WASHINGTON (Reuters) - U.S. President Joe Biden met with a bipartisan group of lawmakers at the White House on Wednesday to brainstorm ways to accelerate the fight against cancer, saying he believed the world was nearing some “real breakthroughs.”
Biden, whose son Beau died of brain cancer in 2015 at age 46, said the battle against cancer was deeply personal for him - and many Americans.
He told reporters before the meeting that cancer or “the C word” remained the most frightening word in the English language.
“We can make significant strides fighting cancer and Alzheimer’s and other diseases,” he said. “I think we’re on the cusp of some real breakthroughs across the board on cancer.”
The White House said Biden and Vice President Kamala Harris had a productive, nearly hour-long discussion with the lawmakers, but gave no details on specific priorities or legislative plans.
Participating in the meeting were three Democratic senators - Patty Murray, Dick Durbin and Chris van Hollen, two Republican senators - Roy Blunt and Mike Crapo, and four lawmakers from the House of Representatives.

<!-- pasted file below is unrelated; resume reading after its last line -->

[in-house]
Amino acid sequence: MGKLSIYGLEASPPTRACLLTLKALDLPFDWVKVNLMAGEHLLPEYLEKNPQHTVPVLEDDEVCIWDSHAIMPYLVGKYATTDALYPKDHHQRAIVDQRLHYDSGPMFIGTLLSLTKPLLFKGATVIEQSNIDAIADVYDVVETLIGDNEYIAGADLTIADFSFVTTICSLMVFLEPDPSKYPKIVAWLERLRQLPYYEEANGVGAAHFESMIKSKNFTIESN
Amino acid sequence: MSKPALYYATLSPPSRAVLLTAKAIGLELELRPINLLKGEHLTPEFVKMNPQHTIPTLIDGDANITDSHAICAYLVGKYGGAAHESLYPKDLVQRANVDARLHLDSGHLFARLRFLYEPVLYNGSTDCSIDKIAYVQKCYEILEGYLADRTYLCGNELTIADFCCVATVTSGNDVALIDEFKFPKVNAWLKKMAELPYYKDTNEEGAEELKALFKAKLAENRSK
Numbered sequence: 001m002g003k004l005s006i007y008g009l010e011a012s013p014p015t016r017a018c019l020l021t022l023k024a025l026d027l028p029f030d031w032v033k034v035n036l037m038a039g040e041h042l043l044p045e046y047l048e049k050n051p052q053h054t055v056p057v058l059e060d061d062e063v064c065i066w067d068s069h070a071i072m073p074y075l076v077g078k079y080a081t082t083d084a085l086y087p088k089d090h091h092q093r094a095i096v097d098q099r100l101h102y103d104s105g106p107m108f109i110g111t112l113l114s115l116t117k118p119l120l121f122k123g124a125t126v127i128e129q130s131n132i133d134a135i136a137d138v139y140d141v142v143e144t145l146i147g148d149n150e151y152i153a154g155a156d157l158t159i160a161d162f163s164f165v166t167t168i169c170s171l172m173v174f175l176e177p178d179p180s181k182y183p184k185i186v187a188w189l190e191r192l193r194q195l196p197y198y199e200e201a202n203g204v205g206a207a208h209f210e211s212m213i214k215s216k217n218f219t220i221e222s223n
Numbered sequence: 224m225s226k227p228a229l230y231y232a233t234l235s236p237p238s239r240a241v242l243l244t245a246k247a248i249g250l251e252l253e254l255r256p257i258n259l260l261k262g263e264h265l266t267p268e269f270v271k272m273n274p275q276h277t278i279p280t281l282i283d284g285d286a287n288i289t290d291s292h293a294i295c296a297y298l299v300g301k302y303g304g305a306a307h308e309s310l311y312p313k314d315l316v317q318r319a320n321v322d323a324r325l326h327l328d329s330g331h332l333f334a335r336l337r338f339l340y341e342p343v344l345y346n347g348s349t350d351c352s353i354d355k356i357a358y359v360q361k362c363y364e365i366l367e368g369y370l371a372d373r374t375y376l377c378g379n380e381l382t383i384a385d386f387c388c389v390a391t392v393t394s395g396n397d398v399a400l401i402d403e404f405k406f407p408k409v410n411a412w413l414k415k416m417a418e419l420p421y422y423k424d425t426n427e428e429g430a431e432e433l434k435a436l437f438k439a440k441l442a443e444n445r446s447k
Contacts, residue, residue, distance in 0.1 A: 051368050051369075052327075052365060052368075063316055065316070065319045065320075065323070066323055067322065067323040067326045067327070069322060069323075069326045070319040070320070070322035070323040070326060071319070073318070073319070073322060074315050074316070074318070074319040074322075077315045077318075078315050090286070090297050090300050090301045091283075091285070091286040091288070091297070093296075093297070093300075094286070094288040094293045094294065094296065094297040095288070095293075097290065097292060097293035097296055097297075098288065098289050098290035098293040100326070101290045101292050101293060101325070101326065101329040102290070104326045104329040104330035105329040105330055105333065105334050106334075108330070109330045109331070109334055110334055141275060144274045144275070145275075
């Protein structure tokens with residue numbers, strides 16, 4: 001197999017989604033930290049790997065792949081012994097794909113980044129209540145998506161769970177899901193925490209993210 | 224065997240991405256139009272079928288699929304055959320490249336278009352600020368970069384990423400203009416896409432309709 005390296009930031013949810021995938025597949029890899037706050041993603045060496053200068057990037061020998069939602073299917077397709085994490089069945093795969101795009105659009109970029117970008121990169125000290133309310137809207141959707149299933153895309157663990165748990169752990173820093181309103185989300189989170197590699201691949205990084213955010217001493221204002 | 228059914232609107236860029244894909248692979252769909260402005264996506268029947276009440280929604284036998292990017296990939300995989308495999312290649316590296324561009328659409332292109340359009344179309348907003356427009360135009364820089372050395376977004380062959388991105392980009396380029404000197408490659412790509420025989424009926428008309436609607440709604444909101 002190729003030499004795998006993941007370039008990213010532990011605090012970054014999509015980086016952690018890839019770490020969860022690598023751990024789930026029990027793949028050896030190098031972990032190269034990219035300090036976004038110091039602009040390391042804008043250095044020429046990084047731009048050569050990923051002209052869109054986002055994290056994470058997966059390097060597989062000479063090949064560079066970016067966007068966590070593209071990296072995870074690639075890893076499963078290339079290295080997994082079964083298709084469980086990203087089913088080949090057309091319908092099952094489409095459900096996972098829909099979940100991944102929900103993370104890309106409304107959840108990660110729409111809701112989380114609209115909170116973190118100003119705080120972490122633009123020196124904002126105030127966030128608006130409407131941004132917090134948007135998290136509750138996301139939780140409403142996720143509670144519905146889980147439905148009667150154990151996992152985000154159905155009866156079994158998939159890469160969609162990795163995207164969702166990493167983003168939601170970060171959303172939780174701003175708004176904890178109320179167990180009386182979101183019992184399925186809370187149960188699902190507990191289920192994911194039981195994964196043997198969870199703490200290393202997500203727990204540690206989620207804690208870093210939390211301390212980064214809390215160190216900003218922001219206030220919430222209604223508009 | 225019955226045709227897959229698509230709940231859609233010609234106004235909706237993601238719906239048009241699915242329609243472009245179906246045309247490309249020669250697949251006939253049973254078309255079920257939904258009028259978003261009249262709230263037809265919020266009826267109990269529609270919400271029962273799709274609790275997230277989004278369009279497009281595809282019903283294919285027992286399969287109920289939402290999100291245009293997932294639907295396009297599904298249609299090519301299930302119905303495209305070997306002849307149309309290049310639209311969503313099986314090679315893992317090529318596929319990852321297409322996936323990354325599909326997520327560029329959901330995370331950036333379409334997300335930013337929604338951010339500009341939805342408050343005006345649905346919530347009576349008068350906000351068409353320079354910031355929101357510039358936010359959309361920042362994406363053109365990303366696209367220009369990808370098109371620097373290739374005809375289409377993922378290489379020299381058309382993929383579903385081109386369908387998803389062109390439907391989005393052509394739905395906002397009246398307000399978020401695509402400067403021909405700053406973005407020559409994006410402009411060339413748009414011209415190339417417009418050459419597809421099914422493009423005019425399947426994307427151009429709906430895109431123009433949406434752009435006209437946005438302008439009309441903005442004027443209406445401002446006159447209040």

Many of the lawmakers helped passed the 21st Century Cures Act during the Obama administration, which authorized billions of dollars in funding for the National Institutes of Health for research on cancer and other diseases.
During the Obama administration, Biden oversaw Cancer Moonshot, an initiative aimed at speeding development of cancer treatments. Over $1 billion has been invested in the initiative to date, supporting over 240 research projects and 70 cancer science initiatives, according to the National Cancer Institute.
Biden also founded the Biden Cancer Initiative in 2017 as a way to bring together researchers and share data, but it suspended operations after Biden announced his White House bid in 2019.
Reporting by Andrea Shalal, Editing by Franklin Paul and Cynthia Osterman
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